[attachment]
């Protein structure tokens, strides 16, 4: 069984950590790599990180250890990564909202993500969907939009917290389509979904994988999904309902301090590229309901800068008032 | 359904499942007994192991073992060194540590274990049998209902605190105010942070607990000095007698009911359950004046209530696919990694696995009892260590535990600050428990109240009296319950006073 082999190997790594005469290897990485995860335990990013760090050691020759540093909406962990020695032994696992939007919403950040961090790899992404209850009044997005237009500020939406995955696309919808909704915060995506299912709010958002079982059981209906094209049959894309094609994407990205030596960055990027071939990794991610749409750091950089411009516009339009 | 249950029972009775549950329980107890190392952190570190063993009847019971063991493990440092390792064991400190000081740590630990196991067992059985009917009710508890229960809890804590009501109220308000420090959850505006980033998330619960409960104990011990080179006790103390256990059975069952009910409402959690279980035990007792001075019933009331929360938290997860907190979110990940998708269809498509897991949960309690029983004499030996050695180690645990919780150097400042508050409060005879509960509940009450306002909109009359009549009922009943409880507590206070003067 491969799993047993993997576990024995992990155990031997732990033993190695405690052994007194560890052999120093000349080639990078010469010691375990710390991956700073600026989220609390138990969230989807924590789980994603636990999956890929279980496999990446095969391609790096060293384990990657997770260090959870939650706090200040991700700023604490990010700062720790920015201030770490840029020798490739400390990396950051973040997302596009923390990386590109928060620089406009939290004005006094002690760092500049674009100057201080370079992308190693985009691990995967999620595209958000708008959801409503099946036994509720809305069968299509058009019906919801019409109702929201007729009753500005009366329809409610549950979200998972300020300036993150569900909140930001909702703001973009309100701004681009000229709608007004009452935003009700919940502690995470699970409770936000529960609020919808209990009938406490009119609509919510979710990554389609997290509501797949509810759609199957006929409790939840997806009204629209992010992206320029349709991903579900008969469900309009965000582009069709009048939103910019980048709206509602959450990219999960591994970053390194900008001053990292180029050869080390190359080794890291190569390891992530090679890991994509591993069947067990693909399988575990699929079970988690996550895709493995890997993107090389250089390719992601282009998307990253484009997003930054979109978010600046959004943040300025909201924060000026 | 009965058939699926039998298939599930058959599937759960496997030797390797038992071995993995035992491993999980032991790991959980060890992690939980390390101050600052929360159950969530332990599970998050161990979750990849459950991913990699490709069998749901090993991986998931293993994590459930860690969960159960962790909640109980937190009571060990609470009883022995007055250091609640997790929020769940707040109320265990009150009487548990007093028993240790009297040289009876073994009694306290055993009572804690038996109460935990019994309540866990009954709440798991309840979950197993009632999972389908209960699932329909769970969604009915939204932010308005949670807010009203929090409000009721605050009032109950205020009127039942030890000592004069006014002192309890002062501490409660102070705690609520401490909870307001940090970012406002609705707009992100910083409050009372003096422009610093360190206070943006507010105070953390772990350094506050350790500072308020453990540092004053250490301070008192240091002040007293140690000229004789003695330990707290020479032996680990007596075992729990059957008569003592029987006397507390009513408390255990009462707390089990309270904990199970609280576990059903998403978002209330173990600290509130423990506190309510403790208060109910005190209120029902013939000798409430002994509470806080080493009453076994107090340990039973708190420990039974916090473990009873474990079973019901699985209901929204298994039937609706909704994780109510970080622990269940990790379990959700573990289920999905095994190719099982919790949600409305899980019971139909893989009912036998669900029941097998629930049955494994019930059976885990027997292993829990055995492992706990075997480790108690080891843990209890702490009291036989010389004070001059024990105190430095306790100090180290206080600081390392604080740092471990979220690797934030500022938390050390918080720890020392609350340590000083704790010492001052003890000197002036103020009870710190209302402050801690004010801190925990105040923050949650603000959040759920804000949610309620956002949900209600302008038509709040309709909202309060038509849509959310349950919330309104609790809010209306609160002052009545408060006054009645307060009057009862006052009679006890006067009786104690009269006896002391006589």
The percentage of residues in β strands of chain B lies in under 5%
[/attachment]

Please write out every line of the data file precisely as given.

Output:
């Protein structure tokens, strides 16, 4: 069984950590790599990180250890990564909202993500969907939009917290389509979904994988999904309902301090590229309901800068008032 | 359904499942007994192991073992060194540590274990049998209902605190105010942070607990000095007698009911359950004046209530696919990694696995009892260590535990600050428990109240009296319950006073 082999190997790594005469290897990485995860335990990013760090050691020759540093909406962990020695032994696992939007919403950040961090790899992404209850009044997005237009500020939406995955696309919808909704915060995506299912709010958002079982059981209906094209049959894309094609994407990205030596960055990027071939990794991610749409750091950089411009516009339009 | 249950029972009775549950329980107890190392952190570190063993009847019971063991493990440092390792064991400190000081740590630990196991067992059985009917009710508890229960809890804590009501109220308000420090959850505006980033998330619960409960104990011990080179006790103390256990059975069952009910409402959690279980035990007792001075019933009331929360938290997860907190979110990940998708269809498509897991949960309690029983004499030996050695180690645990919780150097400042508050409060005879509960509940009450306002909109009359009549009922009943409880507590206070003067 491969799993047993993997576990024995992990155990031997732990033993190695405690052994007194560890052999120093000349080639990078010469010691375990710390991956700073600026989220609390138990969230989807924590789980994603636990999956890929279980496999990446095969391609790096060293384990990657997770260090959870939650706090200040991700700023604490990010700062720790920015201030770490840029020798490739400390990396950051973040997302596009923390990386590109928060620089406009939290004005006094002690760092500049674009100057201080370079992308190693985009691990995967999620595209958000708008959801409503099946036994509720809305069968299509058009019906919801019409109702929201007729009753500005009366329809409610549950979200998972300020300036993150569900909140930001909702703001973009309100701004681009000229709608007004009452935003009700919940502690995470699970409770936000529960609020919808209990009938406490009119609509919510979710990554389609997290509501797949509810759609199957006929409790939840997806009204629209992010992206320029349709991903579900008969469900309009965000582009069709009048939103910019980048709206509602959450990219999960591994970053390194900008001053990292180029050869080390190359080794890291190569390891992530090679890991994509591993069947067990693909399988575990699929079970988690996550895709493995890997993107090389250089390719992601282009998307990253484009997003930054979109978010600046959004943040300025909201924060000026 | 009965058939699926039998298939599930058959599937759960496997030797390797038992071995993995035992491993999980032991790991959980060890992690939980390390101050600052929360159950969530332990599970998050161990979750990849459950991913990699490709069998749901090993991986998931293993994590459930860690969960159960962790909640109980937190009571060990609470009883022995007055250091609640997790929020769940707040109320265990009150009487548990007093028993240790009297040289009876073994009694306290055993009572804690038996109460935990019994309540866990009954709440798991309840979950197993009632999972389908209960699932329909769970969604009915939204932010308005949670807010009203929090409000009721605050009032109950205020009127039942030890000592004069006014002192309890002062501490409660102070705690609520401490909870307001940090970012406002609705707009992100910083409050009372003096422009610093360190206070943006507010105070953390772990350094506050350790500072308020453990540092004053250490301070008192240091002040007293140690000229004789003695330990707290020479032996680990007596075992729990059957008569003592029987006397507390009513408390255990009462707390089990309270904990199970609280576990059903998403978002209330173990600290509130423990506190309510403790208060109910005190209120029902013939000798409430002994509470806080080493009453076994107090340990039973708190420990039974916090473990009873474990079973019901699985209901929204298994039937609706909704994780109510970080622990269940990790379990959700573990289920999905095994190719099982919790949600409305899980019971139909893989009912036998669900029941097998629930049955494994019930059976885990027997292993829990055995492992706990075997480790108690080891843990209890702490009291036989010389004070001059024990105190430095306790100090180290206080600081390392604080740092471990979220690797934030500022938390050390918080720890020392609350340590000083704790010492001052003890000197002036103020009870710190209302402050801690004010801190925990105040923050949650603000959040759920804000949610309620956002949900209600302008038509709040309709909202309060038509849509959310349950919330309104609790809010209306609160002052009545408060006054009645307060009057009862006052009679006890006067009786104690009269006896002391006589």
The percentage of residues in β strands of chain B lies in under 5%